What if I didn't file and pay my income taxes?

Tax Image Gallery While it's tempting, you really shouldn't burn your tax forms before you send them in. See more tax pictures.
Michael Malyszko/Taxi/Getty Images

The American tax system is a huge machine with a tax code that seems more complex than rocket science. Many of us have come to dread April 15th because of its connection to the Internal Revenue Service (IRS). In fact, taxes have always left a sour taste in the mouths of American citizens. This national hatred for taxes dates back to the tax burden placed on the American colonies by Great Britain. Colonists were taxed for every consumer good, from tea and tobacco to legal documents. This "taxation without representation" led to many revolts.

While a revolt isn't imminent today, many of us have imagined a more personal revolt. Have you ever wondered what exactly would happen if you failed to file and pay your taxes one year?


Although most Americans tend to think about the tax system and the IRS only as the month of April approaches, the tax process is actually never ending. By law, employers are required to withhold employment taxes from their employees' earnings. People who are self-employed are still responsible for withholding taxes from their own wages.

­­In fact, the income tax process begins when a person starts a new job. The employee and employer agree on compensation, which will be figured into the gross income at the end of the year. One of the first things an employee has to do when hired is fill out all of the tax forms, including a W-4 form. The W-4 form lists all of the employees withholding allowance information, such as the number of dependents and childcare expenses. The information on this form tells an employer just how much money it needs to withhold from a persons paycheck for federal income tax. The IRS suggests that you check this form each year, as your tax situation may change from year to year.

As the employer collects the withheld money, it deposits the money into an approved financial institution. A report is filed on a quarterly basis to notify the IRS of how much money has been withheld from each employee's salary. Another reporting is filed at the end of the year as well.


Punishment For Not Paying Taxes

Filing your taxes at the last minute -- or even late -- is better than not filing at all. These tax payers filed at the very last minute in Manhattan in 2000.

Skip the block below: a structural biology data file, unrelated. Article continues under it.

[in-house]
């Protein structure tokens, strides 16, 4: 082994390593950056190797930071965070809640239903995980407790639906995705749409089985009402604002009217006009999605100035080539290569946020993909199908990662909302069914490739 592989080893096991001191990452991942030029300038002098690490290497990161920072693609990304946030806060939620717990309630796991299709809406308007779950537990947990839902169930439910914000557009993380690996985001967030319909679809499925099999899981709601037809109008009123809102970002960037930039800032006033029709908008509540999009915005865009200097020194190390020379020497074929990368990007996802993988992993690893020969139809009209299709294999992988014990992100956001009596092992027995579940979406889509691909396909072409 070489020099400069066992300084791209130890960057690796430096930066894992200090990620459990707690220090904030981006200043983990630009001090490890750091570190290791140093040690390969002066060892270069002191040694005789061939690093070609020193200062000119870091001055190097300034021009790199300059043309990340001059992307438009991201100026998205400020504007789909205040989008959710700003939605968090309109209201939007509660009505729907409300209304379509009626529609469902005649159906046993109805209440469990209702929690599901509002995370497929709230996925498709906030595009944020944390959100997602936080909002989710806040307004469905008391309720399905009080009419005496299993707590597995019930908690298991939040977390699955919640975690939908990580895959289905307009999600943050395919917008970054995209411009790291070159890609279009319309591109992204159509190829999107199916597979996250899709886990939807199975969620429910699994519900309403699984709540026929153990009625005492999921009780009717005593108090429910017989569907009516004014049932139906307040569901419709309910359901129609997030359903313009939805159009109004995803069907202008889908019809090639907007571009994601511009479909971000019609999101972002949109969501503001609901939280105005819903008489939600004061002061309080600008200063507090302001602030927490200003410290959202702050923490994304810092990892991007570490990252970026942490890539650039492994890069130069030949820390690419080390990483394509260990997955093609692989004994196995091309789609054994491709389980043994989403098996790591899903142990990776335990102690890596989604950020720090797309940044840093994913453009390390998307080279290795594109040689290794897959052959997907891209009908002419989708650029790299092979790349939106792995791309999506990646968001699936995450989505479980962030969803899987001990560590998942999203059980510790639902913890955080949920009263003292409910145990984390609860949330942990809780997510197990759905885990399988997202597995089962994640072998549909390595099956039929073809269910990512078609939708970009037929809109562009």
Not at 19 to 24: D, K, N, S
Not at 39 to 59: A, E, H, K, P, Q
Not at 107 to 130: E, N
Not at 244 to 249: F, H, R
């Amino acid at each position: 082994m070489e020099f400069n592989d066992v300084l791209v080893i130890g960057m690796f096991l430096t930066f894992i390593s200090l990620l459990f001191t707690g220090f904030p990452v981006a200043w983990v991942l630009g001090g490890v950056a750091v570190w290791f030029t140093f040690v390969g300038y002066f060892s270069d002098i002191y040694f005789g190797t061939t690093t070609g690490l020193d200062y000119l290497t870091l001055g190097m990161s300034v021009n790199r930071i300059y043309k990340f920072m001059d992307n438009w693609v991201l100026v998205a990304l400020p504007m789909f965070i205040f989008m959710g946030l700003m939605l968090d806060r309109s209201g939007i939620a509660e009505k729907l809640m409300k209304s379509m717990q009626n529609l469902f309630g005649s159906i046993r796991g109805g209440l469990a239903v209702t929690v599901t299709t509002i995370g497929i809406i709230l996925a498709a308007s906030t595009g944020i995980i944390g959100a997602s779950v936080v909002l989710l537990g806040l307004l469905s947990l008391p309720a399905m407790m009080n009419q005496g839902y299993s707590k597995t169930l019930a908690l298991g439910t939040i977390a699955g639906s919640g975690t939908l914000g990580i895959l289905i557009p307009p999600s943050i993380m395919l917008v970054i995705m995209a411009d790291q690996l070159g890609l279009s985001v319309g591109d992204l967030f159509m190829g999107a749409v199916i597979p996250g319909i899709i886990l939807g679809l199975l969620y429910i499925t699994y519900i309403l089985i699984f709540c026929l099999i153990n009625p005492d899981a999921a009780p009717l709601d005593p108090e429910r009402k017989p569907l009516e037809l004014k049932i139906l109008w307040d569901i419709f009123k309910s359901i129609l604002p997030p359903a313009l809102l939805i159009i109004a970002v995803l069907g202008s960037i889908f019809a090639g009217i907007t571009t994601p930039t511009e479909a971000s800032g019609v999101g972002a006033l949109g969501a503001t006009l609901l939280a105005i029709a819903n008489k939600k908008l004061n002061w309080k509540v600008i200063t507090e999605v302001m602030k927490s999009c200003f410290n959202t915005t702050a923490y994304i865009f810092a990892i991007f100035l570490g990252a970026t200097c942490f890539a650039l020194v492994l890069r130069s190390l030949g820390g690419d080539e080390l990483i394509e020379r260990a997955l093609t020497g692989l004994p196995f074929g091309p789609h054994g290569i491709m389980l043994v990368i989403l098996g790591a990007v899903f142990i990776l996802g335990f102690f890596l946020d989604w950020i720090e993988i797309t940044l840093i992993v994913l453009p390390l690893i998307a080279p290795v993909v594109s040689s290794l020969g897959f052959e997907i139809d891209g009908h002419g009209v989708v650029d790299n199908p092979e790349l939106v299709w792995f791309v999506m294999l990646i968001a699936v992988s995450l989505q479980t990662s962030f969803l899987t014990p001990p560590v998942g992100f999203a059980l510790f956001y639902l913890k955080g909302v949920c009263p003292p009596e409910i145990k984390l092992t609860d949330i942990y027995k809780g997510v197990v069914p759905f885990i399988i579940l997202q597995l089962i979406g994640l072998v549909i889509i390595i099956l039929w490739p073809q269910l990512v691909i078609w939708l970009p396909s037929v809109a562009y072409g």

Chris Hondros/Staff/Getty Images

Now, let's say you decide not to file this year. As with any other agency that's owed money, the government wouldn't be pleased at all. Initially, it would send you a letter notifying you of your forgetfulness. If you failed to respond, you would receive more letters. Eventually the government would send a final letter, but this time it would include a bill. It turns out that the government has a right to determine what your income would be based on past records. This is known as a Substitute for Return or SFR.

Let's say you were in a higher tax bracket during your last filing, but since then, you were laid off and had to take a considerable pay cut to find work. If the government bases its assessment on your previous employment, your bill would be much higher than it otherwise should be. Even if, for example, your job remained the same with similar earnings, most SFRs include only the standard deductions. Any other deductions that you may be entitled to claim will not be included. Furthermore, there are penalties and fines associated with failure to file and failure to pay charges. These penalties can be as much as 50 percent to 75 percent of the original amount owed.


Once the government has sent you a bill, you have two options:

  • You pay the taxes (even if it's an overpayment). You can go to tax court later to protest the amount and refile, this time including the appropriate deductions and so on.
  • You decide not to pay at all.

If you continue to pursue your personal revolt against taxation, it could cost you even more. The government has the right to recoup its money as it sees fit. It can:

  • Place a levy on your bank account
  • Place a lien on your home
  • Seize your car, boat, or any other personal or real property of value

Simply put, failure to file, failure to pay and tax evasion can result in any number of civil and even criminal punishments, including imprisonment.


Not Paying Taxes: Lots More Information